Most property insurance claims proceed relatively smoothly. The loss occurs; it is timely reported to the insurer; the insurer timely investigates and evaluates the loss; the parties negotiate and agree on the amount of loss; and the insurer timely pays the agreed amount.
However, there is a significant number of first-party property damage and business interruption claims where disputes arise between the policyholder and insurer over the scope and availability of coverage, or the amount of loss. This can result from either a legitimate disagreement or bad faith conduct on the part of the insurer.
Most states have adopted statutory or common law remedies for bad faith. For example, Pennsylvania and Massachusetts have statutory remedies. See e.g., 42 Pa. CS § 8371 (Pennsylvania) and G.L. c. 93A (Massachusetts). Other states have adopted common law bad faith remedies. For example, New Jersey adopted a common law bad faith remedy in Pickett v. Lloyd's, 621 A.2d 445 (N.J. 1993). Idaho is another common law state. See e.g. Hall v. Farmers Alliance Mut. Ins. Co., 2008 WL 375838.
The Case in New York
New York has been pretty much a black hole for policyholders because it effectively recognizes no bad faith remedy whatsoever in property insurance cases. Unless a policyholder can prove that the insurer has engaged in both "egregious tortuous conduct" directed at the insured and "a pattern of similar conduct directed at the public generally," the only remedy available was the amount due under the policy, plus interest. See New York Univ. v. Continental Ins. Co., 87 N.Y. 2d 308, 316 (1995); Rocanova v. Equitable Life Assur. Society, 83 N.Y. 2d 603, 613 (1994).
Bad faith and consequential damages claims in New York state and federal court have only very rarely survived the pleadings stage in the 13 years since those cases were decided. However, on February 19, 2008, that began to change.
Bi-Economy Market v. Harleysville Ins. Co.
In Bi-Economy Market v. Harleysville Ins. Co., 2008 WL 423451 (N.Y.), the Court of Appeals of New York, the state's highest court, finally allowed damages in excess of policy proceeds plus interest, although it did not create a bad faith cause of action. In Bi-Economy, the insured owned a wholesale and retail meat market in Rochester, New York. The market suffered a major fire in October of 2002, resulting in the complete loss of food inventory and heavy structural damage to the building and equipment.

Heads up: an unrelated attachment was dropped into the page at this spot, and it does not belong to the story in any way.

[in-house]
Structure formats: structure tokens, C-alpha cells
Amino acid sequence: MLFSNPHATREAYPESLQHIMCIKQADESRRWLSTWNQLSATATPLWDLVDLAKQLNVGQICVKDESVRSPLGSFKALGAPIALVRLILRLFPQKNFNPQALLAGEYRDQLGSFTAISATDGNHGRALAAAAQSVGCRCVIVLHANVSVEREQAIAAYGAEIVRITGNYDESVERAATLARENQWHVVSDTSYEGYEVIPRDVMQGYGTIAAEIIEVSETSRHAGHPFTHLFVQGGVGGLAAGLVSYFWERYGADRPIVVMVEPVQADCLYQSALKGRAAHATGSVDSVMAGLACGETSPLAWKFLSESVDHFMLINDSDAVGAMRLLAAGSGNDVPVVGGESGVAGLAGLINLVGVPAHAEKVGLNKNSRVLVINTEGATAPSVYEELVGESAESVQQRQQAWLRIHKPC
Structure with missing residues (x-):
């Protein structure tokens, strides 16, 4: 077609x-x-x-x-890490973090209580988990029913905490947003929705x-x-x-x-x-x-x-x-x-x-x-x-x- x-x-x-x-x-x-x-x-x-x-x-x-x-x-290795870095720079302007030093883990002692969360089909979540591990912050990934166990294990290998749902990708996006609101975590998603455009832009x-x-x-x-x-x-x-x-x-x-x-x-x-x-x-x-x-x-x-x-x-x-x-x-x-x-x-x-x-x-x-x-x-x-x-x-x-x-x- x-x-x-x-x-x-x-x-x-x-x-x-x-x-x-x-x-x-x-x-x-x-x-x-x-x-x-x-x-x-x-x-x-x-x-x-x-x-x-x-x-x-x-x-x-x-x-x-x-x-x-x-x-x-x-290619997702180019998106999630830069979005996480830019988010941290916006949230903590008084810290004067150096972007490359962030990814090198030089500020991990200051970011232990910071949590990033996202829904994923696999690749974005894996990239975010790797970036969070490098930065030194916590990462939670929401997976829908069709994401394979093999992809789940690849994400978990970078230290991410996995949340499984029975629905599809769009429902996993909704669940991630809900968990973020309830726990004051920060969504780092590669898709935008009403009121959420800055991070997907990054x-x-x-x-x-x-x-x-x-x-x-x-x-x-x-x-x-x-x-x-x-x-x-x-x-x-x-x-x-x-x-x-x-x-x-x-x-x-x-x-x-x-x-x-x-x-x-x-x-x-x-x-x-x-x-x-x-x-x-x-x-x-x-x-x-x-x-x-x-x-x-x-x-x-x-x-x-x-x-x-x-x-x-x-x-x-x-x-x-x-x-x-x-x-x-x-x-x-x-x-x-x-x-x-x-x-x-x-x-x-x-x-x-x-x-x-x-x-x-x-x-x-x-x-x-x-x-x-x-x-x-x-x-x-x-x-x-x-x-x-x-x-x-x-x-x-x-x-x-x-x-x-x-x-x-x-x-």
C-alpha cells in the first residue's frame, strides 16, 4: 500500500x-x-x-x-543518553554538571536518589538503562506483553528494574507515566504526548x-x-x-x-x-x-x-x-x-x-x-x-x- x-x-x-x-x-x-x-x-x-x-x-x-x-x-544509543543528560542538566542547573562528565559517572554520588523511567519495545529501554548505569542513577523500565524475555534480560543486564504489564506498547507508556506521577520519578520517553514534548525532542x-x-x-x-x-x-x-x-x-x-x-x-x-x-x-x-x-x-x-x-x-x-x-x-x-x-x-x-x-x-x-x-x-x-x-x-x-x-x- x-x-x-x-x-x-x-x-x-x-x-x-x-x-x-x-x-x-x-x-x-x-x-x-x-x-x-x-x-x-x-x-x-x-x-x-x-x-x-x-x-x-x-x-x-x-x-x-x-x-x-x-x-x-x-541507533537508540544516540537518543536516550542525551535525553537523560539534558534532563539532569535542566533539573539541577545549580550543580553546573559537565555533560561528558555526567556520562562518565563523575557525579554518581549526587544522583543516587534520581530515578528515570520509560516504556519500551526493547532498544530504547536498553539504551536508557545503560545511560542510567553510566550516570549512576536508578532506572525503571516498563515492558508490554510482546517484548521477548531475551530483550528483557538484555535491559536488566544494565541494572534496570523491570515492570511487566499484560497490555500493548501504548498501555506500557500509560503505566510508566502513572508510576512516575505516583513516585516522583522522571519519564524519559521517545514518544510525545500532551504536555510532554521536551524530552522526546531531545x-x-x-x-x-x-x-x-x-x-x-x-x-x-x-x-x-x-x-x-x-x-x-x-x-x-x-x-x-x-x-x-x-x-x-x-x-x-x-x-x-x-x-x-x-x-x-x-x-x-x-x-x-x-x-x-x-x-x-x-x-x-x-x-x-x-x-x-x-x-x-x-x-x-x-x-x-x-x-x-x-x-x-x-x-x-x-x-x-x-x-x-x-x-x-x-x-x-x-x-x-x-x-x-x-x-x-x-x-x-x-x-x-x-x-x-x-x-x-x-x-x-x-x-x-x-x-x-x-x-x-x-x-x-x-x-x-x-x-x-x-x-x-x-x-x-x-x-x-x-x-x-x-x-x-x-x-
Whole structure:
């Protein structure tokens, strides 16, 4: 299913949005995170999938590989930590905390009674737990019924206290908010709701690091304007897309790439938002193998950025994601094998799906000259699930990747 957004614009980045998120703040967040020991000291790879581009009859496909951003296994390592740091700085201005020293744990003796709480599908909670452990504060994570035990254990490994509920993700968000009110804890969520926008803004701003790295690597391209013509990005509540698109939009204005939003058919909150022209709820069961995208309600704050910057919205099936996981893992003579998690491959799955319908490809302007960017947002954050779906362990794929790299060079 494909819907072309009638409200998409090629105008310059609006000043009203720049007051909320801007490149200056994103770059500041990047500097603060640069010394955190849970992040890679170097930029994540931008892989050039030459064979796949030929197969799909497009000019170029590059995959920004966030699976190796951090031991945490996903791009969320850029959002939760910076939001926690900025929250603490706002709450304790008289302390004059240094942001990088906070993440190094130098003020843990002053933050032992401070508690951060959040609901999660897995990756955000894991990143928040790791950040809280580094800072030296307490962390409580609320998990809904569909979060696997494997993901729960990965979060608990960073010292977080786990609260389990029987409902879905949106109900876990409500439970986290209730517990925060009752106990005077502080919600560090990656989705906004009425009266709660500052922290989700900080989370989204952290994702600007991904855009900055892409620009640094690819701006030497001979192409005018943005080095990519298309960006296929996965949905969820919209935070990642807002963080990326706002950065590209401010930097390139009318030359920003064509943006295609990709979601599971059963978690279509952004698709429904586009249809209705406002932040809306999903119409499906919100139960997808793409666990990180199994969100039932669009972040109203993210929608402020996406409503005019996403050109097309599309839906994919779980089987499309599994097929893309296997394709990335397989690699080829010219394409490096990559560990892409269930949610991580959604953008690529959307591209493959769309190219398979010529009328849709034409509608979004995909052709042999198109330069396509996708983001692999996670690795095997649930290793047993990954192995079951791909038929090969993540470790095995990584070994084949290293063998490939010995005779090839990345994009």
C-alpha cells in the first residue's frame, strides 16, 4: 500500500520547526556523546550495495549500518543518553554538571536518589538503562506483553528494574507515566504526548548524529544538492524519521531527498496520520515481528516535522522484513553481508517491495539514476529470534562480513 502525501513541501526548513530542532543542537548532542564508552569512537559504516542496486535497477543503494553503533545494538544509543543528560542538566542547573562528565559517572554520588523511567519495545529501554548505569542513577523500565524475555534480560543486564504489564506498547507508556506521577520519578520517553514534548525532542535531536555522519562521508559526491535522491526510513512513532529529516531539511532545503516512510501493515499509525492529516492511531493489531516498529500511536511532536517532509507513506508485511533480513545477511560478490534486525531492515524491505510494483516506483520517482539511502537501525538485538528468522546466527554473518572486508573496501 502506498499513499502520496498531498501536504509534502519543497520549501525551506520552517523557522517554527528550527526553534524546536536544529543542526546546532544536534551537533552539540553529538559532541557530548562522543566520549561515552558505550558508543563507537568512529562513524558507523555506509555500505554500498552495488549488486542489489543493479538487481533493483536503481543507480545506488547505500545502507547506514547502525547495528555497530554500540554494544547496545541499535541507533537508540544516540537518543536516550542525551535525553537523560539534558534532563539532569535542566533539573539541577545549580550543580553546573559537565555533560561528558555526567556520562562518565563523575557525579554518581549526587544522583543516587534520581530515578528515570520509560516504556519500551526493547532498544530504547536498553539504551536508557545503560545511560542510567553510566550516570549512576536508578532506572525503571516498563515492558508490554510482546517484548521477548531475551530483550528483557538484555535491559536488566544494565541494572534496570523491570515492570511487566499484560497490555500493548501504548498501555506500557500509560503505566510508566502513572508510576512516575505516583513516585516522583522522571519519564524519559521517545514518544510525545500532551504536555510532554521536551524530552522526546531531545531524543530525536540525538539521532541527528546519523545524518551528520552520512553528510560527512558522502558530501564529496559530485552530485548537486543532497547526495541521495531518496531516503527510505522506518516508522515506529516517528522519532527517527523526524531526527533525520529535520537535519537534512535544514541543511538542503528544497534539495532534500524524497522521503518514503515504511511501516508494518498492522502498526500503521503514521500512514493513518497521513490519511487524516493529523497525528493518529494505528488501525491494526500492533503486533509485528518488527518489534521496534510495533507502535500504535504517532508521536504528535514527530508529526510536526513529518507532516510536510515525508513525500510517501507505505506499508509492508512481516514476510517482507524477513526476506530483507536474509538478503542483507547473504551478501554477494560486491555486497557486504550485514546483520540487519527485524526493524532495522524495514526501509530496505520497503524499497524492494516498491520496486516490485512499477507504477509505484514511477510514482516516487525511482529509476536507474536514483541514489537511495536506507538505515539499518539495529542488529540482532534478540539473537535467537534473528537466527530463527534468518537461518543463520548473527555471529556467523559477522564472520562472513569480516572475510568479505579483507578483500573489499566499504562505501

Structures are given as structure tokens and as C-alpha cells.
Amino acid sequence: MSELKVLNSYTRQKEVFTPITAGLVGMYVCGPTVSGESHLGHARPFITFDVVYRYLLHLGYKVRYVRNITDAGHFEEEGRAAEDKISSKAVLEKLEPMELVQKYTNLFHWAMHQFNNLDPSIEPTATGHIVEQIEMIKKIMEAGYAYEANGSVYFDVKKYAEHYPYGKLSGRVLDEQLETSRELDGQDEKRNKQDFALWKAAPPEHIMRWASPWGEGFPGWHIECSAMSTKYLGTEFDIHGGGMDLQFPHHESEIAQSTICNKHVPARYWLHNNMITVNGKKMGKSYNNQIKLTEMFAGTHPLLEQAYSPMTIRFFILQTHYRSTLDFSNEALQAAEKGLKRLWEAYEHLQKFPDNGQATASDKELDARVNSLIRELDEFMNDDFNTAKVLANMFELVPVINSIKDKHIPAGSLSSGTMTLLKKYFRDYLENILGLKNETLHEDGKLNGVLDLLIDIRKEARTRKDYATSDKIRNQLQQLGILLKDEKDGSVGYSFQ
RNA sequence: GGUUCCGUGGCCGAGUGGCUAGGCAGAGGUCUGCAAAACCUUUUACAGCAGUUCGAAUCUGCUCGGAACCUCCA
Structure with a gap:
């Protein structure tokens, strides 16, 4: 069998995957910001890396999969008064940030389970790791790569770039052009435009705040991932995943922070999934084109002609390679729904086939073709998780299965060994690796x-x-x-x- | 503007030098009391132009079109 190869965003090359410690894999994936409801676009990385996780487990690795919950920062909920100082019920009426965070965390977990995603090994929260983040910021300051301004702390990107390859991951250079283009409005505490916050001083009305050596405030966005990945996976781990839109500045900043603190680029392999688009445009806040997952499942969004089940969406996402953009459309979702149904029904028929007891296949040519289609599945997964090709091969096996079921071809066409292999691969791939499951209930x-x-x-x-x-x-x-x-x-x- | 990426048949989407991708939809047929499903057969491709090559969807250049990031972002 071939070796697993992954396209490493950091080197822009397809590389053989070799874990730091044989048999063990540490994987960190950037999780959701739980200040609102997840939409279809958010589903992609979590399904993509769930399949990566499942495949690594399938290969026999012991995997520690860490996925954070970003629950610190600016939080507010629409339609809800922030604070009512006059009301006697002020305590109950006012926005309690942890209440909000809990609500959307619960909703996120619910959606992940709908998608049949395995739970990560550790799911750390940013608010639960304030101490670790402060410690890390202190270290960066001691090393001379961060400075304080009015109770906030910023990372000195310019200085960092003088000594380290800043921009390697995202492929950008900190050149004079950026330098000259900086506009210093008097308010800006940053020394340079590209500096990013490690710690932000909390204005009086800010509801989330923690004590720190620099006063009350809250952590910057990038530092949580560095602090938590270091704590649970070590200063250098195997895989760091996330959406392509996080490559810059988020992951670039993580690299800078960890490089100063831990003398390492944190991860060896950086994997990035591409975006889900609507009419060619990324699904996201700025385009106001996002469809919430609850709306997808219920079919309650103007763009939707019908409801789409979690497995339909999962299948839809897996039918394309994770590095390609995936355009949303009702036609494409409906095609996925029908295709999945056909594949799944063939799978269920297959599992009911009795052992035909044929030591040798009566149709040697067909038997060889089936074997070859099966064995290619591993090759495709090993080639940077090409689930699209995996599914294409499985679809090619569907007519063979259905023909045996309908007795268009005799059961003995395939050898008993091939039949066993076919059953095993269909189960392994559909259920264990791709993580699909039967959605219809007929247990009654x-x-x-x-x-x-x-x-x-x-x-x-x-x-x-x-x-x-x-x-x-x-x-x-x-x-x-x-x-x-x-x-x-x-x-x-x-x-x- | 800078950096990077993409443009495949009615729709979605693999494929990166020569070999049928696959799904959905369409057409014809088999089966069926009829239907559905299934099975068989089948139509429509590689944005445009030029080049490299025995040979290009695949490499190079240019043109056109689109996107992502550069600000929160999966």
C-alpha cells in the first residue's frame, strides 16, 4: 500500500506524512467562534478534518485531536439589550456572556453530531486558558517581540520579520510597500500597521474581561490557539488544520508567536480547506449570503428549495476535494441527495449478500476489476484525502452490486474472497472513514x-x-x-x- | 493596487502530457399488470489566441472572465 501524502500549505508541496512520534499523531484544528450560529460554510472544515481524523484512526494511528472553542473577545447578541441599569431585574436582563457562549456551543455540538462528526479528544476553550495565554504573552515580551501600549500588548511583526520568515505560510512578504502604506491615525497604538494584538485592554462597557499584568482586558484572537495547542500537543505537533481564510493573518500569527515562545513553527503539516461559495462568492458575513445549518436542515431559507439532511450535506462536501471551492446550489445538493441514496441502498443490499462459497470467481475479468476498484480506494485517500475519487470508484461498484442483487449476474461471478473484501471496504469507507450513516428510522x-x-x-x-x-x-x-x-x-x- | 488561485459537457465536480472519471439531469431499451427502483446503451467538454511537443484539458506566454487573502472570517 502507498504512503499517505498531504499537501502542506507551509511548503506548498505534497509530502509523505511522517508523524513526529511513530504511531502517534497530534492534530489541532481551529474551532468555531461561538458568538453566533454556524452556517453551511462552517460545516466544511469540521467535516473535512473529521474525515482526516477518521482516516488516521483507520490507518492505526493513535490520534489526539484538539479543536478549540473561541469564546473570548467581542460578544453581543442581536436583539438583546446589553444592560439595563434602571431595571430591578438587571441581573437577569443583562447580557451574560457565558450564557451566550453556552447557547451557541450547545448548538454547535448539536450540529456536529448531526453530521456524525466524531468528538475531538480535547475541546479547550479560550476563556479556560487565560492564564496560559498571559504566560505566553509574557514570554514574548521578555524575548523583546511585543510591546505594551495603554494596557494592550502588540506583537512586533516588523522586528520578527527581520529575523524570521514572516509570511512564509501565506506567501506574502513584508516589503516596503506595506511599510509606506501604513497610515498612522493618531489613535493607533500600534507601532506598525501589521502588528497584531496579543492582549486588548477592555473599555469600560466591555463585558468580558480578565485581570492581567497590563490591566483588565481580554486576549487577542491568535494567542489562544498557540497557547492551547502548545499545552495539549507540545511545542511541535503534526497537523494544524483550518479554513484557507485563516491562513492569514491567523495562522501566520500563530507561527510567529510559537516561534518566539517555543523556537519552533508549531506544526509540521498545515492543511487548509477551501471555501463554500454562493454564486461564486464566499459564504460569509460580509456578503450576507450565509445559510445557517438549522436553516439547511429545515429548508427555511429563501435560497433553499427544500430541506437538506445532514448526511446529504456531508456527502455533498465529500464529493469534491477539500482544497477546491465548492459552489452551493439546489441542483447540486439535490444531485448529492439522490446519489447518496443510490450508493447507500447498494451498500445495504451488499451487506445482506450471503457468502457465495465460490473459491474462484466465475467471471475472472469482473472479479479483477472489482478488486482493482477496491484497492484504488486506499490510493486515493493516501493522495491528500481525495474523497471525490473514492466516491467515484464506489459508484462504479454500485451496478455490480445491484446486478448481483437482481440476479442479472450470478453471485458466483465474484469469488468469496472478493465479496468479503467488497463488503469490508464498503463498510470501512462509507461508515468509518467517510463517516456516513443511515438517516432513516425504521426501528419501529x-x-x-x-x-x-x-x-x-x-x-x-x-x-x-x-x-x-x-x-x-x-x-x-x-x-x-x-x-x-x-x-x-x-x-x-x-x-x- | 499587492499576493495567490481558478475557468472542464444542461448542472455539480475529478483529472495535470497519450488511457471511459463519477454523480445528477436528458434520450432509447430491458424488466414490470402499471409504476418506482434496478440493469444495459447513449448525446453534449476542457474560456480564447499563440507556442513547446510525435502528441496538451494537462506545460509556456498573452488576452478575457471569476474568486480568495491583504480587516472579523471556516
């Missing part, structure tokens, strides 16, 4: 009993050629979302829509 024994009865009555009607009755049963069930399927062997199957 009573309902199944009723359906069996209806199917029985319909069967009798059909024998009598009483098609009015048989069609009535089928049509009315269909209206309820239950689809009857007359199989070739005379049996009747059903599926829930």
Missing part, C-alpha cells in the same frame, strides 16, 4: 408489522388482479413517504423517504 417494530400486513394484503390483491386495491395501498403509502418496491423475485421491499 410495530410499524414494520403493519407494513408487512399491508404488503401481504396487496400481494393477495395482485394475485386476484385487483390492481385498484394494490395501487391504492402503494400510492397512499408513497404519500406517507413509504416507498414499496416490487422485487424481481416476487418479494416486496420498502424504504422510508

The Harleysville policy provided replacement cost coverage on the building and contents, and business interruption insurance for up to 1 year from the date of the fire. Harleysville evaluated the claim at only $163,161.92. More than a year later, after the case was submitted to alternative dispute resolution (ADR), Bi-Economy was awarded $407,181. During this entire time, Harleysville offered to pay only 7 months of lost business income, despite the fact that the policy provided BI coverage for 12 months. Bi-Economy never resumed business.
Bi-Economy eventually sued Harleysville, asserting various causes of action, including breach of contract for which it sought consequential damages for the destruction of its business operation. Bi-Economy claimed that Harleysville improperly delayed payment of the building and contents damage and failed to timely pay the full amount of the business interruption claim. Bi-Economy alleged that, as a result of the breach of contract, Bi-Economy's business collapsed, and that liability for that consequential damage was reasonably foreseeable and contemplated by the parties at the time of contracting.
After the trial court dismissed the claim for consequential damages, and the mid-level appellate court affirmed, the Court of Appeals reversed. In reversing, the Court of Appeals of New York relied on "well-settled" law that the victim of a breach of contract may recover general damages which are the natural and probable consequences of the breach. It is not necessary that the breaching party should have foreseen the particular way the loss occurred in order to be liable for consequential damages, only that loss from a breach was foreseeable and probable.
In analyzing whether consequential damages and the nature of loss caused by the inability to reopen the business was foreseeable by the parties, the court noted that implicit in all contracts of insurance, as in other types of contracts, is a covenant of good faith and fair dealing which includes the understanding that the insurer promises to investigate in good faith and pay covered claims.